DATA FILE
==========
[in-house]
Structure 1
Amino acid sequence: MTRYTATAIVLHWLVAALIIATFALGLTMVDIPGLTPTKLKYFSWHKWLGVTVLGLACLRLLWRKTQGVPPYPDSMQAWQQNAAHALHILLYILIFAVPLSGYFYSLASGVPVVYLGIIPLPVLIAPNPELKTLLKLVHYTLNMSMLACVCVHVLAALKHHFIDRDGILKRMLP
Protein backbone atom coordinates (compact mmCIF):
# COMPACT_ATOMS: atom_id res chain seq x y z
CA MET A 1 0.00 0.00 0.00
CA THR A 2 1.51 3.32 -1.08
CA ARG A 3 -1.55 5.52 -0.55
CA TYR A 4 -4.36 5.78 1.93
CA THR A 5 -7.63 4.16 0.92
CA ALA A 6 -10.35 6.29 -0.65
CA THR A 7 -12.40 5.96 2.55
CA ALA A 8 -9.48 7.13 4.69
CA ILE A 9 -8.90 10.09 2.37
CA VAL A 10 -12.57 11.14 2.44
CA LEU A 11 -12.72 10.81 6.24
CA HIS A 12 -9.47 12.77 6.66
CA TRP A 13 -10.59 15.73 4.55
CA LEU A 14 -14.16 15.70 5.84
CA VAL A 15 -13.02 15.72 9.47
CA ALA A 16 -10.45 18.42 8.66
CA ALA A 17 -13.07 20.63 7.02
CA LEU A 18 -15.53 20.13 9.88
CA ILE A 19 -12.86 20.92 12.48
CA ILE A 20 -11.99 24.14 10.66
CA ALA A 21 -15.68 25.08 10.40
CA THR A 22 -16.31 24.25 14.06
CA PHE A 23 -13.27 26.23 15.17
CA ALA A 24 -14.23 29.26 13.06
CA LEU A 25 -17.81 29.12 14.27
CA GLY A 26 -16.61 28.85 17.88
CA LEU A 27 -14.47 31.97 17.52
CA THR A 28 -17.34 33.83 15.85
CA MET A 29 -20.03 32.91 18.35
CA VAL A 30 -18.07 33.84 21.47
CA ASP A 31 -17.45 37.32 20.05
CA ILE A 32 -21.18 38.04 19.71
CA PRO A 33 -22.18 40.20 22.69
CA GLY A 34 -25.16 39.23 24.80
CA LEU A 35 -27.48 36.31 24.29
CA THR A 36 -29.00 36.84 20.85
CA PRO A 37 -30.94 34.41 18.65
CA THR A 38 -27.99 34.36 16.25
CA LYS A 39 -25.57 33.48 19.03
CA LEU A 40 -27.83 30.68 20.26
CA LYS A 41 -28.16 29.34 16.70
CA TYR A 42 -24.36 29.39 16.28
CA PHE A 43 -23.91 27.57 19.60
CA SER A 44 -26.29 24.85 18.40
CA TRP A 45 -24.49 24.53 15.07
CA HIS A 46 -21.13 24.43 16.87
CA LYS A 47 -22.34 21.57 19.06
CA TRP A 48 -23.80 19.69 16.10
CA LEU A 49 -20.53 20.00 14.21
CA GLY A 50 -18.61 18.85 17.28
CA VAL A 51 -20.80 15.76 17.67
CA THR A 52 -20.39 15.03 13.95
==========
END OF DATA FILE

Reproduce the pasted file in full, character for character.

[in-house]
Structure 1
Amino acid sequence: MTRYTATAIVLHWLVAALIIATFALGLTMVDIPGLTPTKLKYFSWHKWLGVTVLGLACLRLLWRKTQGVPPYPDSMQAWQQNAAHALHILLYILIFAVPLSGYFYSLASGVPVVYLGIIPLPVLIAPNPELKTLLKLVHYTLNMSMLACVCVHVLAALKHHFIDRDGILKRMLP
Protein backbone atom coordinates (compact mmCIF):
# COMPACT_ATOMS: atom_id res chain seq x y z
CA MET A 1 0.00 0.00 0.00
CA THR A 2 1.51 3.32 -1.08
CA ARG A 3 -1.55 5.52 -0.55
CA TYR A 4 -4.36 5.78 1.93
CA THR A 5 -7.63 4.16 0.92
CA ALA A 6 -10.35 6.29 -0.65
CA THR A 7 -12.40 5.96 2.55
CA ALA A 8 -9.48 7.13 4.69
CA ILE A 9 -8.90 10.09 2.37
CA VAL A 10 -12.57 11.14 2.44
CA LEU A 11 -12.72 10.81 6.24
CA HIS A 12 -9.47 12.77 6.66
CA TRP A 13 -10.59 15.73 4.55
CA LEU A 14 -14.16 15.70 5.84
CA VAL A 15 -13.02 15.72 9.47
CA ALA A 16 -10.45 18.42 8.66
CA ALA A 17 -13.07 20.63 7.02
CA LEU A 18 -15.53 20.13 9.88
CA ILE A 19 -12.86 20.92 12.48
CA ILE A 20 -11.99 24.14 10.66
CA ALA A 21 -15.68 25.08 10.40
CA THR A 22 -16.31 24.25 14.06
CA PHE A 23 -13.27 26.23 15.17
CA ALA A 24 -14.23 29.26 13.06
CA LEU A 25 -17.81 29.12 14.27
CA GLY A 26 -16.61 28.85 17.88
CA LEU A 27 -14.47 31.97 17.52
CA THR A 28 -17.34 33.83 15.85
CA MET A 29 -20.03 32.91 18.35
CA VAL A 30 -18.07 33.84 21.47
CA ASP A 31 -17.45 37.32 20.05
CA ILE A 32 -21.18 38.04 19.71
CA PRO A 33 -22.18 40.20 22.69
CA GLY A 34 -25.16 39.23 24.80
CA LEU A 35 -27.48 36.31 24.29
CA THR A 36 -29.00 36.84 20.85
CA PRO A 37 -30.94 34.41 18.65
CA THR A 38 -27.99 34.36 16.25
CA LYS A 39 -25.57 33.48 19.03
CA LEU A 40 -27.83 30.68 20.26
CA LYS A 41 -28.16 29.34 16.70
CA TYR A 42 -24.36 29.39 16.28
CA PHE A 43 -23.91 27.57 19.60
CA SER A 44 -26.29 24.85 18.40
CA TRP A 45 -24.49 24.53 15.07
CA HIS A 46 -21.13 24.43 16.87
CA LYS A 47 -22.34 21.57 19.06
CA TRP A 48 -23.80 19.69 16.10
CA LEU A 49 -20.53 20.00 14.21
CA GLY A 50 -18.61 18.85 17.28
CA VAL A 51 -20.80 15.76 17.67
CA THR A 52 -20.39 15.03 13.95